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Updated Nov 29, 2013 - 5:06 pm

Release ordered for sex offender because of delay

PHOENIX -- A man accused of being sexually violent must go free because authorities violated his rights by failing to timely schedule a trial, an Arizona appellate court ruled Friday.

The state Court of Appeals said Steven Lane Fuller was entitled to have a trial within 120 days and that a delay of more than a year means he went without treatment that might have resulted in his release.

Fuller, 57, was discharged from the state prison system in January 2012 after serving sentences for Pinal County convictions for public sexual indecency and indecent exposure.

He was immediately transferred to the state mental hospital in Phoenix. That was after a Pinal County Superior Court judge granted prosecutor's request that Fuller be committed for civil proceedings on whether Fuller should receive treatment for sexual violence.

The case then fell in the cracks until February 2013, when a court official noticed that his case was still in the pretrial phase.

Proceedings then started to be scheduled, and a public defender was appointed to represent Fuller.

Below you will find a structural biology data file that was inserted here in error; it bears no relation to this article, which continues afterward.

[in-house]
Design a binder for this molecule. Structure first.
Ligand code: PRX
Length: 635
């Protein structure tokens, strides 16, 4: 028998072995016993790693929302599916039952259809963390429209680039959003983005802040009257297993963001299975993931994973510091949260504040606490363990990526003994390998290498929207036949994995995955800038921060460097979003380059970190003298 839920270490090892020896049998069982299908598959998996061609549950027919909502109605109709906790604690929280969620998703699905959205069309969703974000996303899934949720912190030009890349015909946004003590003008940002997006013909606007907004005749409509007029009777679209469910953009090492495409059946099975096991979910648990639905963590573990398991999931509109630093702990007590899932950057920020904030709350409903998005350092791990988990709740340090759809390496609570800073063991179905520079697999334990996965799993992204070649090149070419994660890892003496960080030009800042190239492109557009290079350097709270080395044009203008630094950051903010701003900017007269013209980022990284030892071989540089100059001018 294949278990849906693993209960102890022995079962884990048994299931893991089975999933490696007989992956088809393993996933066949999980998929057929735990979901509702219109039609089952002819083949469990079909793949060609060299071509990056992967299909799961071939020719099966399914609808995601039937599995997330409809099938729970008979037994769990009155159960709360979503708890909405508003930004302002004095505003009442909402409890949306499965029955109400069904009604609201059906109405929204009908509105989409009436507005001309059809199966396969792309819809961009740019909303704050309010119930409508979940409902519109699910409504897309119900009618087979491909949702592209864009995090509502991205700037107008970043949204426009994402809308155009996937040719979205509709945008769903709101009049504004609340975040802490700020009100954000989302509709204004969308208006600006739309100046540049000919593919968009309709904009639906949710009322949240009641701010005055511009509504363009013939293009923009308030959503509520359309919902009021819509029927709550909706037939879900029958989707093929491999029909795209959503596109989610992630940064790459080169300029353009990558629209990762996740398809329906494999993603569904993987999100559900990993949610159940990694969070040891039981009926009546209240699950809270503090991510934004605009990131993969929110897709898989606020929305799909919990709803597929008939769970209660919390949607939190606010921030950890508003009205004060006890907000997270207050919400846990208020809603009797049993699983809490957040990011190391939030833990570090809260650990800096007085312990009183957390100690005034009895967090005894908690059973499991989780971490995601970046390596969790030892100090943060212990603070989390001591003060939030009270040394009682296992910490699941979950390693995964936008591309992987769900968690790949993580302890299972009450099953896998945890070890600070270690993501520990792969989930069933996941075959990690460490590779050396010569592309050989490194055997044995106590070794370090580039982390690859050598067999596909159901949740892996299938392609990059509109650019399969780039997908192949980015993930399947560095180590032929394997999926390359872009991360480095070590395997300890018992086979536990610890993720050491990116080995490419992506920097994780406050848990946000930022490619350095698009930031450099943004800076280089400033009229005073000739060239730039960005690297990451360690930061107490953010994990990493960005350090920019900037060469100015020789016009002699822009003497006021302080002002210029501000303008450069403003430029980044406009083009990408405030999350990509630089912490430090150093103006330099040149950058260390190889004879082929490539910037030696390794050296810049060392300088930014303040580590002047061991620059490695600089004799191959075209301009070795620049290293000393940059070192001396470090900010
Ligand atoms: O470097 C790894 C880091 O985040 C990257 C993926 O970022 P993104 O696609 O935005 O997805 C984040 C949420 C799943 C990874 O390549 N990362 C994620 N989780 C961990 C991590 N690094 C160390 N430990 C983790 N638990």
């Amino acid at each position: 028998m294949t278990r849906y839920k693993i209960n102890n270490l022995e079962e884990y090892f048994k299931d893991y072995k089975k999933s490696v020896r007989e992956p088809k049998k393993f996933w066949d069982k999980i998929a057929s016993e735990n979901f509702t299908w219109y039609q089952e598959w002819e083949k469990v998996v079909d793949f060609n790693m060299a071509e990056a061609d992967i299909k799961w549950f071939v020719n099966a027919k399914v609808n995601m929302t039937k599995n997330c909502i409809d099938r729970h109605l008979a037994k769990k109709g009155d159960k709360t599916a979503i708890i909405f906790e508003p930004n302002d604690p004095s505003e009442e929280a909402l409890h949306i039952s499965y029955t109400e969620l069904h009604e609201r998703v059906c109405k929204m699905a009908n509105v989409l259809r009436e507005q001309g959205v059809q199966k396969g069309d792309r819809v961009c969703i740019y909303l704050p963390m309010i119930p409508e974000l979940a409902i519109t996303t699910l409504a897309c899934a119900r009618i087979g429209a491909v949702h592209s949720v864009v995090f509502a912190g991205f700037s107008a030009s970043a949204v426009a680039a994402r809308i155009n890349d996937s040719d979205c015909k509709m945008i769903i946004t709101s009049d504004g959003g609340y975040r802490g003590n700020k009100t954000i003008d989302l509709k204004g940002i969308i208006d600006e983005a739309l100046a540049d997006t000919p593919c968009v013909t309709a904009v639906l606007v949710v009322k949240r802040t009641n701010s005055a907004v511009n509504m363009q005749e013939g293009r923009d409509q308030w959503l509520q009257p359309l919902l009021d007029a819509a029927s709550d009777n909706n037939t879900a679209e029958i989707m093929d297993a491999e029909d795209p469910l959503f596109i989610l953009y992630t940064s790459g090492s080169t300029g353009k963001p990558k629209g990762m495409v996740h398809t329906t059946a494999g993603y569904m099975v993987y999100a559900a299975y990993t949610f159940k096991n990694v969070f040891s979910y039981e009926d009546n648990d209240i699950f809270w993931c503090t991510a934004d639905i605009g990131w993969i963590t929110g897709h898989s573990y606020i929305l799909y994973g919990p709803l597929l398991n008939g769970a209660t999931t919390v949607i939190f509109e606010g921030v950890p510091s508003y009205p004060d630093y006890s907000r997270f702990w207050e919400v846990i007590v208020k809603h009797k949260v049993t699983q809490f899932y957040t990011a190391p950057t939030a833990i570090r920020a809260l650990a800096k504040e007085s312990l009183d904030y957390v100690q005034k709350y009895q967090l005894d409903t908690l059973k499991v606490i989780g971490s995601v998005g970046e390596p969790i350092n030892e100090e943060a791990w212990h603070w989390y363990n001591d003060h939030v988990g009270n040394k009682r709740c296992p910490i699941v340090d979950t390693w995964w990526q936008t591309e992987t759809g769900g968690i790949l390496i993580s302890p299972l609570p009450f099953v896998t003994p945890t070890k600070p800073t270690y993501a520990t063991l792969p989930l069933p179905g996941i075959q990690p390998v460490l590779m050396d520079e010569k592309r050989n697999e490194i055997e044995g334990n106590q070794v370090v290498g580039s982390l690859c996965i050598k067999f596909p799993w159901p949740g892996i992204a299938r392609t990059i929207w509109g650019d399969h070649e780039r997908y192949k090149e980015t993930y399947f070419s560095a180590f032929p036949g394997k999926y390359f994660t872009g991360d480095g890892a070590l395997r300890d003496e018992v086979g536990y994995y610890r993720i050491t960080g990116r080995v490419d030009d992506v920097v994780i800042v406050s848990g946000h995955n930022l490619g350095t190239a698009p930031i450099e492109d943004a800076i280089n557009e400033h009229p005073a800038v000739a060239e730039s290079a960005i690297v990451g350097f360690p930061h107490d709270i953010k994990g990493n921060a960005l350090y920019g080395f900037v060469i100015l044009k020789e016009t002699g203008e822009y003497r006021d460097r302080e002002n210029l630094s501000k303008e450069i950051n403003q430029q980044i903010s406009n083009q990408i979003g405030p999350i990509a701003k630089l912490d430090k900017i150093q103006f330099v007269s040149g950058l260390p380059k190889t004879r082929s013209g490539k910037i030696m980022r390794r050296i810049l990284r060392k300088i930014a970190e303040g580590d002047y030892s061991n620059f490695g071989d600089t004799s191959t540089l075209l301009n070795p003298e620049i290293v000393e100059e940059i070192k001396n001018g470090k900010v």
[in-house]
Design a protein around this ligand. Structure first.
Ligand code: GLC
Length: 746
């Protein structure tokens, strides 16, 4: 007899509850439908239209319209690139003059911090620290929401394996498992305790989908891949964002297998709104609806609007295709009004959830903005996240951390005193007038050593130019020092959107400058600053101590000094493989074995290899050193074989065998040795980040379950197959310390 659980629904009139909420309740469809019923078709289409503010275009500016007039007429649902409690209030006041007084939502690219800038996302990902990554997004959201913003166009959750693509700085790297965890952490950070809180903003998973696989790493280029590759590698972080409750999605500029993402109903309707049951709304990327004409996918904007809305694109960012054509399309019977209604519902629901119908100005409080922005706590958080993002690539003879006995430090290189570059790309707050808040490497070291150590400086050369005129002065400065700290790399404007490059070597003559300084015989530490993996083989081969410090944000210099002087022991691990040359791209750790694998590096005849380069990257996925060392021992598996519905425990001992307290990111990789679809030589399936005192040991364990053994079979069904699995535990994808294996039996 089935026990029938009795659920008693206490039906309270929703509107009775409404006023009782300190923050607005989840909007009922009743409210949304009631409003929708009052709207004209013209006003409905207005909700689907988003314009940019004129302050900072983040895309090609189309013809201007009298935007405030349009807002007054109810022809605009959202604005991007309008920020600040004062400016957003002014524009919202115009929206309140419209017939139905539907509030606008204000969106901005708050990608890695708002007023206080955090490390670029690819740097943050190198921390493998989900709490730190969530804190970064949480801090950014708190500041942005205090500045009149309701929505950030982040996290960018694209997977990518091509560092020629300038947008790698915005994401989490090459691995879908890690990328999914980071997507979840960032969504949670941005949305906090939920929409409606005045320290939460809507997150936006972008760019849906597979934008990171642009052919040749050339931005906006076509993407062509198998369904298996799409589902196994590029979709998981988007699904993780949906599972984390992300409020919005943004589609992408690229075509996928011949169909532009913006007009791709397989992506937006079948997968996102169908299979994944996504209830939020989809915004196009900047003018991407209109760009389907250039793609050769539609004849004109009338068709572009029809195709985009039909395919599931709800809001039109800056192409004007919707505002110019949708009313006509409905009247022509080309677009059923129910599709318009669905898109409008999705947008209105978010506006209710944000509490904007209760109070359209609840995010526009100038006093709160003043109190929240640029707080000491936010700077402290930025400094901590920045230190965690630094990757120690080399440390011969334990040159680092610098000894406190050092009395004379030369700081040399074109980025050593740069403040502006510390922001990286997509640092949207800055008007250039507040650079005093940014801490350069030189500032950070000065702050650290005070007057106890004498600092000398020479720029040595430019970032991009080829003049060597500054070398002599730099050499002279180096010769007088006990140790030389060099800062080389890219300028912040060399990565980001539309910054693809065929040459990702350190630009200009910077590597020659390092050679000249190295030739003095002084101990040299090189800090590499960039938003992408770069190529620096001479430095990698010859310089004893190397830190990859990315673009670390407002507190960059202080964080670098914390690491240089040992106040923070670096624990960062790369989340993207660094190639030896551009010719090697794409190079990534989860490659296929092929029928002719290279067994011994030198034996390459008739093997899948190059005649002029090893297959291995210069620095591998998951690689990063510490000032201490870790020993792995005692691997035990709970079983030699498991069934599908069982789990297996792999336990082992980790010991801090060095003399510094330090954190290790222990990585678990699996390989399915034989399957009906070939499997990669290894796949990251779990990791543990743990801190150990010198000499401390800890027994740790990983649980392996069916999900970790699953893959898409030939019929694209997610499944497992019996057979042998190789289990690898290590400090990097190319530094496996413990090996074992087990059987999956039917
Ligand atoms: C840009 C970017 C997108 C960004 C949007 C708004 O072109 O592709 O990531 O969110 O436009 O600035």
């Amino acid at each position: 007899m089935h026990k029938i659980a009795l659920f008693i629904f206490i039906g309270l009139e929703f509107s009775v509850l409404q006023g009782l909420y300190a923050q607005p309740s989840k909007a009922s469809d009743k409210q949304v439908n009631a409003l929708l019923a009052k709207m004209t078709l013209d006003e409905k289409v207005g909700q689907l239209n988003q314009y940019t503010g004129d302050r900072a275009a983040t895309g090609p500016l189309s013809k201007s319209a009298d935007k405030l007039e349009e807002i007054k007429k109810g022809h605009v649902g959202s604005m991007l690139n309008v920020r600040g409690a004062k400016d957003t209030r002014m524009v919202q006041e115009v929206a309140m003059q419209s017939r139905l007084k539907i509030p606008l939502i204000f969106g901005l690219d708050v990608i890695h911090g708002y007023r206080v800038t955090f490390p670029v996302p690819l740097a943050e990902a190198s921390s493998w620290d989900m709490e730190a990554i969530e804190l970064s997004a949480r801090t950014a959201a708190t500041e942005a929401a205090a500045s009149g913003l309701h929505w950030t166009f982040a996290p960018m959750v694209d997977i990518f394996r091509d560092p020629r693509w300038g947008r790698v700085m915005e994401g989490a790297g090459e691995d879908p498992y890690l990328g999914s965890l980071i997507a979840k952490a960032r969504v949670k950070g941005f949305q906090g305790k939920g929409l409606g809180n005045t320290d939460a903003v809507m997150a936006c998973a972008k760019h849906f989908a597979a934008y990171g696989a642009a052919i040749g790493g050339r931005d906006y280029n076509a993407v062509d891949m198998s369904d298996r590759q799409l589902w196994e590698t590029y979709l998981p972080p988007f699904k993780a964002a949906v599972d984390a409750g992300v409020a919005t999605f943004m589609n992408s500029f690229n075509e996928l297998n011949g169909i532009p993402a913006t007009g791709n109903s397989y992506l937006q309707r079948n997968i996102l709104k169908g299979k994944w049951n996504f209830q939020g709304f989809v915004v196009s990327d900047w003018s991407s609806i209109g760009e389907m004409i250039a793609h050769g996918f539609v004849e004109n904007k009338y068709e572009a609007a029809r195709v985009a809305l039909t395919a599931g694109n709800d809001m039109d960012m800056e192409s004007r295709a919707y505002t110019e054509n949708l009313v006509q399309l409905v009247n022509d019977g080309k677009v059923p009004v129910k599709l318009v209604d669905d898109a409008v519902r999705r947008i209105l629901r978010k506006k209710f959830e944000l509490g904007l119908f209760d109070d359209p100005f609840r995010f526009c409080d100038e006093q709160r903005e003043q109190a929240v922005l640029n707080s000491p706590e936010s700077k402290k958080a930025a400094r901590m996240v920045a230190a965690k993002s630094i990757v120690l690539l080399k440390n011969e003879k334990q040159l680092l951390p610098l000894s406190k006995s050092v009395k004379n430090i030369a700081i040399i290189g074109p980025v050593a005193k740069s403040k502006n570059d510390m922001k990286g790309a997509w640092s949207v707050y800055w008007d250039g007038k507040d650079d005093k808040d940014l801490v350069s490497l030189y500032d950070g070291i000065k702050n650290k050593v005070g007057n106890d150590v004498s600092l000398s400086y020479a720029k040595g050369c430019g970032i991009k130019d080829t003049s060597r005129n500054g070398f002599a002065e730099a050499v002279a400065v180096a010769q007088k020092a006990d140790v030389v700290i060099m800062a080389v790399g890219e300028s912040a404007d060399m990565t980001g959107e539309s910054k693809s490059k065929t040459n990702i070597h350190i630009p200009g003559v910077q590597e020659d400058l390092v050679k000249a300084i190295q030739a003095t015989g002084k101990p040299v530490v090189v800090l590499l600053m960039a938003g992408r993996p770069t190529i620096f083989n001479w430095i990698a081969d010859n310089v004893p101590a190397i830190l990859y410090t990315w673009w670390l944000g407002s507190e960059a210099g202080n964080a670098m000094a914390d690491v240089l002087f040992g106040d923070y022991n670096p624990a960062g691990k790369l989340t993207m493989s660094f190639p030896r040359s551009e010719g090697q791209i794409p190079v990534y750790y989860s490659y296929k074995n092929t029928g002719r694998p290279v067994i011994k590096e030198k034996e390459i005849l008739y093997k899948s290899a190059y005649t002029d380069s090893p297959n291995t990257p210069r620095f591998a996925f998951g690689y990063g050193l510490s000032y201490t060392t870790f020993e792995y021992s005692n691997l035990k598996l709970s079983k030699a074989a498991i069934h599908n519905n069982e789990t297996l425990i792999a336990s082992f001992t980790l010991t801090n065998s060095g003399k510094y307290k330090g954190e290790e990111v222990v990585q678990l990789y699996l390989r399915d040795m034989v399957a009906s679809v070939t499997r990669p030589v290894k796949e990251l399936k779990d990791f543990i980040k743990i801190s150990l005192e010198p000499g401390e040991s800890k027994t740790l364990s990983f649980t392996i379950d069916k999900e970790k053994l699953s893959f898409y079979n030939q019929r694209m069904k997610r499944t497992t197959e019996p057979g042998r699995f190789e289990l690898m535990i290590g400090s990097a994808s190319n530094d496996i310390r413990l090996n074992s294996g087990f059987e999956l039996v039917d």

Fuller's lawyer asked for dismissal of the proceeding, but a trial judge refused, saying that the 120-day deadline set in state law wasn't mandatory.

However, a Tucson-based three-judge panel of the Court of Appeals ruled that the "grave violation" entitled Fuller to relief.

"We recognize that the effect of our opinion today will be the release of a person who the state maintains has a mental disorder," Judge Peter Eckerstrom wrote in the ruling. "But...we may not assume that Fuller would be deemed sexually violent before the state has proven that fact at a trial -- and before Fuller has been permitted to rebut the state's evidence with his own."

Pinal County Attorney Lando Voyles issued a statement saying the case languished under his predecessor, and as soon as his office learned of the situation, it notified the court and argued to a judge that Fuller's rights hadn't been compromised.

Voyles said a new system is now used in Pinal County where prosecutors retain a case through trial. He said his office will review the appeals court decision and determine "what legal tools remain to protect Pinal families from a potential sexually violent person."

Fuller was represented by Assistant Pinal County Public Defender David Wilkison, who did not immediately return a call seeking comment.

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